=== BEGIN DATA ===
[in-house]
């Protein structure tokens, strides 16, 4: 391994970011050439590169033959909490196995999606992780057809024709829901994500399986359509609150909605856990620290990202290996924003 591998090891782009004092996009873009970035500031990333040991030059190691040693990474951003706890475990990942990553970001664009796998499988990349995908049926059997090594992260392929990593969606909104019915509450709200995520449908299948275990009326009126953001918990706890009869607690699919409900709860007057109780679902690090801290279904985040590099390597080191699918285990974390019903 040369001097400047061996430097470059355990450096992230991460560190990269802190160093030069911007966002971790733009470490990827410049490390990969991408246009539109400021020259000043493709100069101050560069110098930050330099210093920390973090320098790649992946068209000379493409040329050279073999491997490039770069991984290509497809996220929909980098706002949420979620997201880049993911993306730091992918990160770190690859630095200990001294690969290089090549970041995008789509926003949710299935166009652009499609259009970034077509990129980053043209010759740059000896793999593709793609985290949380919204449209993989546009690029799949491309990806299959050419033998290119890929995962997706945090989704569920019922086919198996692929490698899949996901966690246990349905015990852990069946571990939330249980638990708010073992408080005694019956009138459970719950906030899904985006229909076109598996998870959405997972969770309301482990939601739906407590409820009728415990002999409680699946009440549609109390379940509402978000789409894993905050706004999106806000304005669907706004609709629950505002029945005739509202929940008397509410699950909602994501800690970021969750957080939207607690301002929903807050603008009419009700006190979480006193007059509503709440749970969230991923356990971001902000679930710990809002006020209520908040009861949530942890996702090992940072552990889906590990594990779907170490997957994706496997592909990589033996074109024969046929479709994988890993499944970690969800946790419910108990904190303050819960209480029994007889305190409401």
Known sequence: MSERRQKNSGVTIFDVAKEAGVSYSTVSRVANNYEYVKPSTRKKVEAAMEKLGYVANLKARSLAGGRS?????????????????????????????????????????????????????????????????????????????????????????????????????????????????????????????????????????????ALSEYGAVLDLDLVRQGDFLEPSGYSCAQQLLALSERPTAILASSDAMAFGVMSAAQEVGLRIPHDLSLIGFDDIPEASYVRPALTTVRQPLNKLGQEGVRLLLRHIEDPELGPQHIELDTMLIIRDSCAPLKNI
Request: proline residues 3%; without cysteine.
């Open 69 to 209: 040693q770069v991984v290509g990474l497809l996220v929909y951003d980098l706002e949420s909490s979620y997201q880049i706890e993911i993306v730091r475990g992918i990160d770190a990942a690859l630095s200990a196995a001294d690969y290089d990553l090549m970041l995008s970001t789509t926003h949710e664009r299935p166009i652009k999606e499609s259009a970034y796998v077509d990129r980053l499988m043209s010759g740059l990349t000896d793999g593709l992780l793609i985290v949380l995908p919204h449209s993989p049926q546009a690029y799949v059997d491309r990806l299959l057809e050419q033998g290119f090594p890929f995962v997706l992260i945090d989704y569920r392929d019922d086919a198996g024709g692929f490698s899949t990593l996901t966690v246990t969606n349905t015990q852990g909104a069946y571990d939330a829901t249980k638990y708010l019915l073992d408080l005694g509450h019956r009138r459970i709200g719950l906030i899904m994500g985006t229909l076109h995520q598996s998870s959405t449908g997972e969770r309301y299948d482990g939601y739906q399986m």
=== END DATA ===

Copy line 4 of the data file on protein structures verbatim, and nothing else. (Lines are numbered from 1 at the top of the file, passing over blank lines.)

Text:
Request: proline residues 3%; without cysteine.